HSBC Upbeat About Indonesia, Asia Chief Says
by Roffie Kurniawan
The global economy appears headed toward a recovery, with Asia leading the way. However, the road ahead is unlikely to be smooth, said Sandy Flockhart, HSBC’s chief executive for the Asia-Pacific region, during a recent exclusive interview with the Jakarta Globe.
In the interview, conducted during Flockhart’s recent trip to Indonesia, he expressed optimism about Indonesia’s economy and discussed HSBC’s strategy for the country following the $600 million acquisition of mid-sized lender PT Bank Ekonomi Raharja in May.
Before being appointed to his current post in 2007, Flockhart served as HSBC’s president and group managing director in Latin America and the Caribbean. Below are excerpts of the interview.
Is the global economic crisis over?
I think there will be few bumps still to come, particularly once the stimulus packages are withdrawn. We have seen demand coming back, the prices of commodities increasing and improvement in international trade. If you look at Asia, we have seen im proving trends in many countries such as South Korea, Malaysia, Singapore and Indonesia and India.
We have also seen a recovery beginning in some of the European countries. We have seen improving manufacturing in the UK and much more stable financial conditions in the US. We are seeing the beginning of a recovery. But it may well be a slow recovery to begin with.
Are you expecting a fragile recovery?
All I would say is that we may have some bumps along the way. Things probably won’t go in a linear fashion.
Many global financial giants essentially collapsed during last year’s financial crisis. What can we learn from this crisis?
I think human nature has always told us that things won’t continue forever. We are going to see more focus on maintaining strong capital and liquidity in financial systems and less reliance on the creation of financial products that are highly risky. Certainly, in the medium term, people will focus on investing in more transparent investment products.
What is your view of Indonesia’s economy?
Indonesia has done remarkably well during this period in terms of maintaining consumption internally and equally in terms of getting GDP to grow this year. Our forecast is that Indonesia could record 4.2 percent growth this year and perhaps 1 percent better growth next year. This is a very satisfactory result. I think it is very much a reflection of the state of the country entering the crisis and the steps that were taken in terms of stimulus measures, and in managing its way conservatively through the crisis.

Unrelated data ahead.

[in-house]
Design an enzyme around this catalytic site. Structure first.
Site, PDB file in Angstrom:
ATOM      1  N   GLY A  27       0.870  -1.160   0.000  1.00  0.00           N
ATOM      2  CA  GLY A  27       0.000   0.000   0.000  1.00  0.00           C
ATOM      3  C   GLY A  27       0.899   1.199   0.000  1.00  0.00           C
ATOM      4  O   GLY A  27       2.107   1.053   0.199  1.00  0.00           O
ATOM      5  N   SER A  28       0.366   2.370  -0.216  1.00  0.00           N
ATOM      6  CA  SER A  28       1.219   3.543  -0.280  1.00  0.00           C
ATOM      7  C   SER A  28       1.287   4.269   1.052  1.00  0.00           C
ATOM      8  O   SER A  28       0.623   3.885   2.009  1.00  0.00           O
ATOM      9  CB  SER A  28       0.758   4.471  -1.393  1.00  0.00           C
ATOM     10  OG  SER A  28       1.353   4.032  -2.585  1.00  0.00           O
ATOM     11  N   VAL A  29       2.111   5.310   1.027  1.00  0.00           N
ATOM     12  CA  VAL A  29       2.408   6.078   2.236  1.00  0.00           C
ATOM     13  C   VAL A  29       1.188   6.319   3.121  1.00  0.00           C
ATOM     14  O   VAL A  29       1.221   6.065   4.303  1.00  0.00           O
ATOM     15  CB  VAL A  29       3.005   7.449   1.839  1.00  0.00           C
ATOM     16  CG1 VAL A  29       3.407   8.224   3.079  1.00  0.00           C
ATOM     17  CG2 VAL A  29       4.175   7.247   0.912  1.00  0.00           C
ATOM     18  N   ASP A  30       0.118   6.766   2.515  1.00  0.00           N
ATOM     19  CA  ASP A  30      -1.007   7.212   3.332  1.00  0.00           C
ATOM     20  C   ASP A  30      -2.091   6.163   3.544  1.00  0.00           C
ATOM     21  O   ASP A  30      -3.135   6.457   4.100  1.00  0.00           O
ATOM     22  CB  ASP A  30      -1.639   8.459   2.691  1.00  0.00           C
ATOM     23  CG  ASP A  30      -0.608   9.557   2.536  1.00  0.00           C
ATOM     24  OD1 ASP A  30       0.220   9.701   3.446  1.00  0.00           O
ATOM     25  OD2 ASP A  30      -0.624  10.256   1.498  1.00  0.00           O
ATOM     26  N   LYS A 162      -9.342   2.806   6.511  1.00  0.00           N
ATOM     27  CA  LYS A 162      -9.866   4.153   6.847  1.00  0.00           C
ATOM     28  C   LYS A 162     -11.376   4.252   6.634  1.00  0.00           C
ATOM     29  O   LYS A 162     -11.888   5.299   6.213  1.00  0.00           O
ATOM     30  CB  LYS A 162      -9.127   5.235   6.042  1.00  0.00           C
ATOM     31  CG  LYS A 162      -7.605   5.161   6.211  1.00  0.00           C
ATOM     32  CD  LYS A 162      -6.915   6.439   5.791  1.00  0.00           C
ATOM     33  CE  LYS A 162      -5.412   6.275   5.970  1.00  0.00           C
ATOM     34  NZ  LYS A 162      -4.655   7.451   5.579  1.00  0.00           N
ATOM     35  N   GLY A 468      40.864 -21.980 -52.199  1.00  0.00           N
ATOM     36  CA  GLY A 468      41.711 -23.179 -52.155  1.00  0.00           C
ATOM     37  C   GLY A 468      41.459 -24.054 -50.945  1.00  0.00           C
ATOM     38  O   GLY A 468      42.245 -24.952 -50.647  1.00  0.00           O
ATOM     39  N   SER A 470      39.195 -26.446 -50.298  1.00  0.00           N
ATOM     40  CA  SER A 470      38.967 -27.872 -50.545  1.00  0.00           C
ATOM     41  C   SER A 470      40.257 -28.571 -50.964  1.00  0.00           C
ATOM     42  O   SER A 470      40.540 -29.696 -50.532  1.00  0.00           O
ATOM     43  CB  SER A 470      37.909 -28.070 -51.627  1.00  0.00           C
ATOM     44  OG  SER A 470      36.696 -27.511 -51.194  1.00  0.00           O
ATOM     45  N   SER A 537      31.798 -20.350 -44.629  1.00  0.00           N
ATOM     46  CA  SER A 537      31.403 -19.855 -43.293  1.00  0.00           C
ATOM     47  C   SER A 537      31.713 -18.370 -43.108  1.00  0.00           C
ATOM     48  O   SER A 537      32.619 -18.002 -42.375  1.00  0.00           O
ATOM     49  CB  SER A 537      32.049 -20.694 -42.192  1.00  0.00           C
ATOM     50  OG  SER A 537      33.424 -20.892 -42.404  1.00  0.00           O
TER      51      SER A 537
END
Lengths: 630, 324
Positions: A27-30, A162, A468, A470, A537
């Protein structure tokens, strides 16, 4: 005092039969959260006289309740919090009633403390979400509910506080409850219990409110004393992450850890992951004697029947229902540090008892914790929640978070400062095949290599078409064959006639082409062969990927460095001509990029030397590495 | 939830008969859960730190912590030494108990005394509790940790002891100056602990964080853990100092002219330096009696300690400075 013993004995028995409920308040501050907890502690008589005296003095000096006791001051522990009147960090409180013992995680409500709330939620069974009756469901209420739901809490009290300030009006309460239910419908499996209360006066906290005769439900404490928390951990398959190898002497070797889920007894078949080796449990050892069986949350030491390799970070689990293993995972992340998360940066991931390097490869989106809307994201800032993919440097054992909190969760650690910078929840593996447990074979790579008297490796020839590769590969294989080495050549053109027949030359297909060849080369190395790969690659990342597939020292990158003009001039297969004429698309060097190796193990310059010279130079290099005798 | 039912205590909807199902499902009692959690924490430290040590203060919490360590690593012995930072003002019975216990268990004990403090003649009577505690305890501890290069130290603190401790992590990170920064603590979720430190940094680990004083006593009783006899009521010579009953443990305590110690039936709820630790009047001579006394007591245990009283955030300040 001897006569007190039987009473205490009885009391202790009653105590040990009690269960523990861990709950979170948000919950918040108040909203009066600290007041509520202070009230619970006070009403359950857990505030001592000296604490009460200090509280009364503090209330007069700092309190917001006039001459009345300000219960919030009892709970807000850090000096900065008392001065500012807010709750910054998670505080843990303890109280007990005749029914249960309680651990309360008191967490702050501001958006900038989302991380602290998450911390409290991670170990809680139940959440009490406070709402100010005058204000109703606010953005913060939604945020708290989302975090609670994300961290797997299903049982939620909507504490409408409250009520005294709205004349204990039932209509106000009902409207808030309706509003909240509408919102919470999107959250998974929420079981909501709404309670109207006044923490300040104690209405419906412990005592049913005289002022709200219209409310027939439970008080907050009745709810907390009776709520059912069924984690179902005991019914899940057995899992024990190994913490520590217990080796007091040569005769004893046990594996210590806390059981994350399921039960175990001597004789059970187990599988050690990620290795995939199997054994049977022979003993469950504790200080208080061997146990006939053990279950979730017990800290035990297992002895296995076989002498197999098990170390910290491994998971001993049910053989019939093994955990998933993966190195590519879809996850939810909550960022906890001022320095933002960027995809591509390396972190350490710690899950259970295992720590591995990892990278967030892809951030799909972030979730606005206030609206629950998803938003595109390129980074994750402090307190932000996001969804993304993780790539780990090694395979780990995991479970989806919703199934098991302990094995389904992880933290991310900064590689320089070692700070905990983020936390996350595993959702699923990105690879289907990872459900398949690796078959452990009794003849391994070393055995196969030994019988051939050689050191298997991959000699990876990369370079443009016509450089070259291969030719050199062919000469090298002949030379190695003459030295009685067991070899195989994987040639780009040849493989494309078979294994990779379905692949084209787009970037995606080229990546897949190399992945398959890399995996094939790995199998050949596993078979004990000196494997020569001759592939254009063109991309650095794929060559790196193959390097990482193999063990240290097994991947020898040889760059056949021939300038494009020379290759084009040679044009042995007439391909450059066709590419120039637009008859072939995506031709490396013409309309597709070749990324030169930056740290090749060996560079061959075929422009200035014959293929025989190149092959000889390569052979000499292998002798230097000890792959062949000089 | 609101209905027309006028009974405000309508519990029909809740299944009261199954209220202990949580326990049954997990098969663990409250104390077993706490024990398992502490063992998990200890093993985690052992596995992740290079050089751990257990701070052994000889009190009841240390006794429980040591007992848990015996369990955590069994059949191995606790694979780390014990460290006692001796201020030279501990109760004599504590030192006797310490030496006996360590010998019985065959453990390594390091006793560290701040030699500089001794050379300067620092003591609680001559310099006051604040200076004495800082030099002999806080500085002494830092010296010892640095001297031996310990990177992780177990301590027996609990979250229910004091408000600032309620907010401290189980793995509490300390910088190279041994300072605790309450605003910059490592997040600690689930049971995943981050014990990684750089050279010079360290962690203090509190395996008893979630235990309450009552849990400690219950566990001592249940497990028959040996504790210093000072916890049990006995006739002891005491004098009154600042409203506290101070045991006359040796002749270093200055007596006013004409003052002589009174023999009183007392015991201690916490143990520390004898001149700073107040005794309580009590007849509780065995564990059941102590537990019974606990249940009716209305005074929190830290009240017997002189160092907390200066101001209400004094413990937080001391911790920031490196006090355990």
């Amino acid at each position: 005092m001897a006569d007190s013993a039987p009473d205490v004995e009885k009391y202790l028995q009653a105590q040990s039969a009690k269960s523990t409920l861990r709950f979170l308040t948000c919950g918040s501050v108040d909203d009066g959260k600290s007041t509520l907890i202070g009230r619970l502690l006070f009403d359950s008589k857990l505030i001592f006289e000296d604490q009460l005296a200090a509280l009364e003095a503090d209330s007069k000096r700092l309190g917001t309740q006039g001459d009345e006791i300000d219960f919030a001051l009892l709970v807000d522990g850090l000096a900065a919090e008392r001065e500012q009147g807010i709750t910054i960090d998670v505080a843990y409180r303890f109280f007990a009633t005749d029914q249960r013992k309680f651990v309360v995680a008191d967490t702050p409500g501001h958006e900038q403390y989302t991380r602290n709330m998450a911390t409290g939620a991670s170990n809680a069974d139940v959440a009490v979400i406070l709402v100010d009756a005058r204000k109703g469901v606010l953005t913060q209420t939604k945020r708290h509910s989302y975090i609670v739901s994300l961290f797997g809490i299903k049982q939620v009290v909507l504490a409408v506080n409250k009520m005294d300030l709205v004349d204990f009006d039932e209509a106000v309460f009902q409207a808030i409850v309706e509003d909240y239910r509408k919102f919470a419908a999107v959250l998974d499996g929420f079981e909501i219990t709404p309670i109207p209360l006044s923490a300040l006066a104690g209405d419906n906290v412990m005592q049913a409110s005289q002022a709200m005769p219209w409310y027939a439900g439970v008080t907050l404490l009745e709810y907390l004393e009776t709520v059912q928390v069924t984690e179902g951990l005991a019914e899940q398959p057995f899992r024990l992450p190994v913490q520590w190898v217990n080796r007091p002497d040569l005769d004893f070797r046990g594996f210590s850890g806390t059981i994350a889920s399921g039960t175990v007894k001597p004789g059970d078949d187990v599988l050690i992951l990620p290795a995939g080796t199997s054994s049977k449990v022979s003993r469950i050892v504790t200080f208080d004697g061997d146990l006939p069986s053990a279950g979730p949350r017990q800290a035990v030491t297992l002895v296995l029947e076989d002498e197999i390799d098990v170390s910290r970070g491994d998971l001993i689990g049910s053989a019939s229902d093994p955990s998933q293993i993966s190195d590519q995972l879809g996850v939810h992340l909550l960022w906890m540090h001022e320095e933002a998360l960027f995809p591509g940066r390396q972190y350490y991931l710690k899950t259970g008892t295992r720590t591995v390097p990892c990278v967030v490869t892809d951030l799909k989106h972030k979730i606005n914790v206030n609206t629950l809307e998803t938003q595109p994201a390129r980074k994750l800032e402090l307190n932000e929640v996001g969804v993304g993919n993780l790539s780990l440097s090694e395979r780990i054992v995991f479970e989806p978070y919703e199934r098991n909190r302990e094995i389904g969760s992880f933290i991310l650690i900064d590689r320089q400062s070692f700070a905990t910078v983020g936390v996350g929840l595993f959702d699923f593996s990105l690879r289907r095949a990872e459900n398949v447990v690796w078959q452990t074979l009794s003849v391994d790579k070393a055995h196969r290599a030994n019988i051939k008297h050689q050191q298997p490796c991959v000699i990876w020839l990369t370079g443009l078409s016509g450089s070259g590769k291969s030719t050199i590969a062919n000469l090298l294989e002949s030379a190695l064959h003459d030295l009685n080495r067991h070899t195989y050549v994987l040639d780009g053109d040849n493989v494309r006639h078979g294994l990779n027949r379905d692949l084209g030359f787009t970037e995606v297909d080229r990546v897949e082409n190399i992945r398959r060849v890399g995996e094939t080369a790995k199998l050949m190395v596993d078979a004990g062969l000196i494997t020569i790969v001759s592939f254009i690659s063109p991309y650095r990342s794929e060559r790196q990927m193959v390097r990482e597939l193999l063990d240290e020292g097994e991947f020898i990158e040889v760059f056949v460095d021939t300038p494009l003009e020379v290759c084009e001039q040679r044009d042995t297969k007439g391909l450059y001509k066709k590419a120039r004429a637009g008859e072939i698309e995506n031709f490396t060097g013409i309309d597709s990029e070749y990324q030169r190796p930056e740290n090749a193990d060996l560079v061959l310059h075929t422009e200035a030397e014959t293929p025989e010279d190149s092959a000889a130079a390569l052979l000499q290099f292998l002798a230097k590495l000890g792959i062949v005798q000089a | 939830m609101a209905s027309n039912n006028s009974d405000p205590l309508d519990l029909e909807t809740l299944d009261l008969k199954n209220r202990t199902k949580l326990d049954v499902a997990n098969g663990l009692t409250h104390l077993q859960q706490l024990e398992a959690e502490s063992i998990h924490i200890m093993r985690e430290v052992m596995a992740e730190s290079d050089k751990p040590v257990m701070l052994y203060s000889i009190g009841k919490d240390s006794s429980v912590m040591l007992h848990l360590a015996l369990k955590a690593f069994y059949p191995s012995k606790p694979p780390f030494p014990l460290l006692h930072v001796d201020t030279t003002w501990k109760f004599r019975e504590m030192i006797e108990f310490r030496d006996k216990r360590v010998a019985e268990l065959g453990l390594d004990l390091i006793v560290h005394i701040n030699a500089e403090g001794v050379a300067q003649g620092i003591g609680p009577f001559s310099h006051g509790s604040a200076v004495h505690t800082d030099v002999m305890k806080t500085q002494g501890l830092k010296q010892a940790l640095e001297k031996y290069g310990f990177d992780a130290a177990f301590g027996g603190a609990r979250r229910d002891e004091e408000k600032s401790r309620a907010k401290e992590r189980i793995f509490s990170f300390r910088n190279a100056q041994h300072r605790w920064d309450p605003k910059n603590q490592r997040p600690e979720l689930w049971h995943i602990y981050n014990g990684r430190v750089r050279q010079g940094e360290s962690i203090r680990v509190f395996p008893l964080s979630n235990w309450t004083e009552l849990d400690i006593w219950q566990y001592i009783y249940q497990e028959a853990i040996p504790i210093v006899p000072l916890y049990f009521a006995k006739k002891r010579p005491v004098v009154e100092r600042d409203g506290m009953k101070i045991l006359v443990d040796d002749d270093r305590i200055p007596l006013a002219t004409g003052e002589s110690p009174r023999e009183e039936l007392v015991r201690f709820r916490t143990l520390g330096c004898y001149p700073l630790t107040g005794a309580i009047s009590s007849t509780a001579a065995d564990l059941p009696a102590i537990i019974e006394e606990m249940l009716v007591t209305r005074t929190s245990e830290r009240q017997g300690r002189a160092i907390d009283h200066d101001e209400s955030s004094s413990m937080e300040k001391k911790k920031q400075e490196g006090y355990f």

How important is Indonesia to HSBC’s operations in Asia Pacific?
We have been here for 125 years. If you hang around for that length of time, it shows how important the country and its economy are to our operations. We signed a deal to acquire Bank Ekonomi last year. It was a dark period in terms of economic activity and sentiment. That shows the strengths of HSBC as well as its commitment to and confidence in Indonesia.
What is your main purpose in acquiring Bank Ekonomi?
We want to grow our business in various sectors such as commercial banking, retail, and corporate activities. The acquisition gives us the ability to provide our services to more and more customers in many different parts of the country. In addition, Bank Ekonomi has a significant SME business.
We intend to develop that business as well. We have around 2.3 million SME customers worldwide. We are probably the largest SME bank in the world. We know how to do that business.
In the retail sector, we are the third-largest issuer of credit cards in Indonesia. We are also active in capital market and investment banking. The acquisition of Bank Ekonomi give us a strong platform to grow our business here and make us more competitive.
Will Bank Ekonomi merge with HSBC or will remain as it is?
Bank Ekonomi will in time become a principal vehicle to help develop HSBC’s business in Indonesia. It will take us to its 26 branches across Indonesia. It will also enable us to provide our services, our expertise to new customers and equally enable Bank Ekonomi customers to get access to HSBC financing. It makes us more of a universal banking presence in Indonesia. Effectively, it will double our size [here].
Some critics say foreign banks come here just to capitalize on Indonesia’s large market base. What value does HSBC bring to the country?
We employ 5,000 people already in Indonesia. We invested about $700 million in the acquisition of Bank Ekonomi. That’s a lot of money and that is good for the country’s economy. We of course pay taxes and offer good services and products at competitive prices. Competition is good for the economy, between foreign and local banks.